Military occupation of the Brahmaputra basin (‘north-east’) – ‘What is happening is that the surrenders of militants have increased as the insurgent outfits are under pressure since last year due to intense operations by security forces. Due to the lockdown, the police presence has also increased and each village is being visited by the local policemen. Though the insurgents are trying to ambush the security forces and target them, they are being effectively neutralised,’ said Satya Raj Hazarika, DIG in Assam Police. During Covid, India also arm-twisted Myanmar into handing over 22 ‘militants’, for the first time in history, thus closing an important door for the freedom-fighters to strategically retreat in the face of an Indian onslaught. An article in Swarajyamag gloats, ‘The days of militancy, which has kept the Northeast backward and under-developed, may soon be coming to an end. The blow suffered by the rebels of the region in Myanmar, thanks to Modi and Doval, could well have been the debilitating one that broke their backs’. The militancy, rather than keeping the Brahmaputra basin under-developed and backward, has saved it thus far from being totally plundered by the corporate-government nexus. What has kept the region backward and under-developed is India’s overbearing ‘militarization as development’ policy which has kept the people under constant terror and disallowed them to choose and embark on their own destiny.

Trans rights – The transgender community was already protesting against the trans bill which purports to protect them but does the exact opposite. Over 50 people at the gay pride march in Mumbai were charged with sedition for allegedly chanting pro-Sharjeel Imam slogans. To add salt to festering wounds, the Ministry of Social Justice and Empowerment (MoSJE) ‘posted on 18 April on its website Draft Transgender Persons (Protection of Rights) Rules 2020 as provided for by the Transgender Persons (Protection of Rights) Act, 2019 and sought comments and suggestions by 30 April’. The ministry didn’t inform the public through print and electronic media, but just uploaded the Rules on their website, and it certainly did not give 30 days for consultation. Instead, it gave 12 days during the lockdown. The letter written to the MoSJE by concerned representatives of the transgender community says, ‘The Rules were uploaded on the website of the MoSJE … at a time when the nation is in lockdown, no physical interaction between members of the community is possible for deliberations and consultations and transgender people are struggling for basic survival. Besides the Rules have been placed only on the website and in English while a majority of the community neither has access to web-based portals or the English language. An Act which claims to be “inclusive” cannot adopt a rule-making process so exclusionary.’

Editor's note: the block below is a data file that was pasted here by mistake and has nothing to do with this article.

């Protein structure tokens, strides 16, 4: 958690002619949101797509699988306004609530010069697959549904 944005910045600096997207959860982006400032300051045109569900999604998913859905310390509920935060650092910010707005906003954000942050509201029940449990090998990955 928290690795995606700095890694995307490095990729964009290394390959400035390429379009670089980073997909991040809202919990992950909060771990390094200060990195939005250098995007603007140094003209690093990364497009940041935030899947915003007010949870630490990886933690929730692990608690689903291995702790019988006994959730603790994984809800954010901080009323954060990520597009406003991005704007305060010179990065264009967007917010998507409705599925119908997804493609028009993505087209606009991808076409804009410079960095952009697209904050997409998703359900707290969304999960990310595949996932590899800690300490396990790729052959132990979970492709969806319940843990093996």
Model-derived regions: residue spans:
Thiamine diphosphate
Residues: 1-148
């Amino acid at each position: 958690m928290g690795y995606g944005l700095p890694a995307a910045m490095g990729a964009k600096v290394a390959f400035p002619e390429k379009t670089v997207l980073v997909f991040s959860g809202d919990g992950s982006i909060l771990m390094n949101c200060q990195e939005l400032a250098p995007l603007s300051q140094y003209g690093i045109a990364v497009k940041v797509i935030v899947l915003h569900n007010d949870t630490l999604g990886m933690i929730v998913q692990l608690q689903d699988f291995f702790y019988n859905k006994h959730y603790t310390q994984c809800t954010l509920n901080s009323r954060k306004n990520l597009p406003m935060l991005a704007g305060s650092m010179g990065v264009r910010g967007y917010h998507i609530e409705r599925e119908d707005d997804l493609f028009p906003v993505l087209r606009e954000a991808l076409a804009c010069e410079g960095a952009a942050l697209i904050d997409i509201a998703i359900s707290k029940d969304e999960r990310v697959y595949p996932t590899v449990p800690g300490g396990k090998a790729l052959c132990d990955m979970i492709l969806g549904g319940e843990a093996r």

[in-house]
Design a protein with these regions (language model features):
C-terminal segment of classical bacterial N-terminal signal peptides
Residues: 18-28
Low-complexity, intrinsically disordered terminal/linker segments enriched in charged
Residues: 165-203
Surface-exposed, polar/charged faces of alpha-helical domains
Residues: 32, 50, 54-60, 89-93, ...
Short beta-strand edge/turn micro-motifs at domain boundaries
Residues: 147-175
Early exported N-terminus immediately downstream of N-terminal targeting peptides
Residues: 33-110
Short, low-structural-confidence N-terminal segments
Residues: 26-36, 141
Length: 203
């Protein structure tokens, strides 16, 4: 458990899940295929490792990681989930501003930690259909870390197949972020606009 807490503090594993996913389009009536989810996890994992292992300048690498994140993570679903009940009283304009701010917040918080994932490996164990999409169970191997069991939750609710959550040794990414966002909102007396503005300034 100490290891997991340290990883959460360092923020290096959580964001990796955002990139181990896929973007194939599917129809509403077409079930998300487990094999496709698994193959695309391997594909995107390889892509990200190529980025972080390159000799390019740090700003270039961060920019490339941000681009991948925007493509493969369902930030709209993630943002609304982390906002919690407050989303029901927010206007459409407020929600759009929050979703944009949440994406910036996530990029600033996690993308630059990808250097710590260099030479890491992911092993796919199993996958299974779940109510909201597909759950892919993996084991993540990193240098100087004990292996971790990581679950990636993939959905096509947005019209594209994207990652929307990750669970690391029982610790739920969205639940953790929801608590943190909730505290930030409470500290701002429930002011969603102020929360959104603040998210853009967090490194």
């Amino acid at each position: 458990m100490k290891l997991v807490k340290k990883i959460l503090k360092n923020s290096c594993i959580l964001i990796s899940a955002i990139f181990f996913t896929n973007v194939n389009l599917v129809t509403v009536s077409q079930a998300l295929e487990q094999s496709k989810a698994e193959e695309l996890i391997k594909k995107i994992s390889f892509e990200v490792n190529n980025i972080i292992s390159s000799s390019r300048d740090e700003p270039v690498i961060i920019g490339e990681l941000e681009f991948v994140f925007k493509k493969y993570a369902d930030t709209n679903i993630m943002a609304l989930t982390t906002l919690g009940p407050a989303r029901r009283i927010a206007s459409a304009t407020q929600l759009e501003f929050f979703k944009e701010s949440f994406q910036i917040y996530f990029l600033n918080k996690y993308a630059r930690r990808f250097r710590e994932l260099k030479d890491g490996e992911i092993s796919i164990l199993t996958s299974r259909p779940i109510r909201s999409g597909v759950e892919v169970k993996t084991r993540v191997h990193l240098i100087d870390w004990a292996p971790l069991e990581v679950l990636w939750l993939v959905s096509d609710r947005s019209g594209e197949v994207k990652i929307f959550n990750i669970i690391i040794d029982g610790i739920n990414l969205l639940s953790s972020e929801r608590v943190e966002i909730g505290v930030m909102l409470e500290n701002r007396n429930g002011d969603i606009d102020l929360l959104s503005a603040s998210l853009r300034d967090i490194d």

Chronic poverty and unemployment – Do I even have to mention the plight of migrant labourers as they were stranded far away from their homes, abandoned by the government and their former informal employers? That these people also belong to the most marginalized and excluded communities—Dalits, Adivasis, and Muslims—has not made their lives easier as they have been actively discriminated against even during a worldwide emergency. Labour laws in the country were already too lax and they have been loosened further, in the interests of the poor of course. Poverty and unemployment, chronic problems of The Great Indian Republic of Caste, have only become worse. (The only silver lining is that the businesses which treated their workers like shit are now having trouble opening up again as labourers refuse to come back from the villages they had to walk to on empty stomachs. A little natural selection of businesses as those who acted humanely at the beginning of lockdown get to have workers now while more and more losses accrue to the ones who thought they didn’t need to treat workers with basic humanity.)

The point being

We can’t do anything about the protests in America no matter how much we claim to be incensed. What we can do is protest in India. Legitimizing protests by protesting ourselves is, in fact, the only way to show solidarity with American protestors. There really is no other way of saying ‘black lives matter’ and not being a total hypocrite.

(For left-liberal purveyors of divinely ordained righteousness—stop going after easy targets, like celebrities who support black lives matter but don’t talk about caste discrimination at home, to make yourselves feel better and superior; you are way worse hypocrites than the celebrities; all angry and righteous about American protests, going so far as to claim solidarity with blacks in America, while you sit your ass down at home without protesting because protests are unsafe; protests are also unsafe in America, but you support them there, so why no protests here? Just like you ask celebrities to condemn caste at home if they support black lives matter, you should also protest at home if you support American protests. If you can’t do that, stop with the virtue signalling on social media, ain’t nothing you post there gonna help black people in America or your allegedly beloved caste victims in India, so just stop. Or at least don’t go after others when your house is made of the thinnest glass.)

Akshat Jain is a writer currently residing in India. He uses the debate methodology of Syādvāda to piss people off. Like a good Syādvādist, he claims that all his claims fall within the ambit of falsifiability.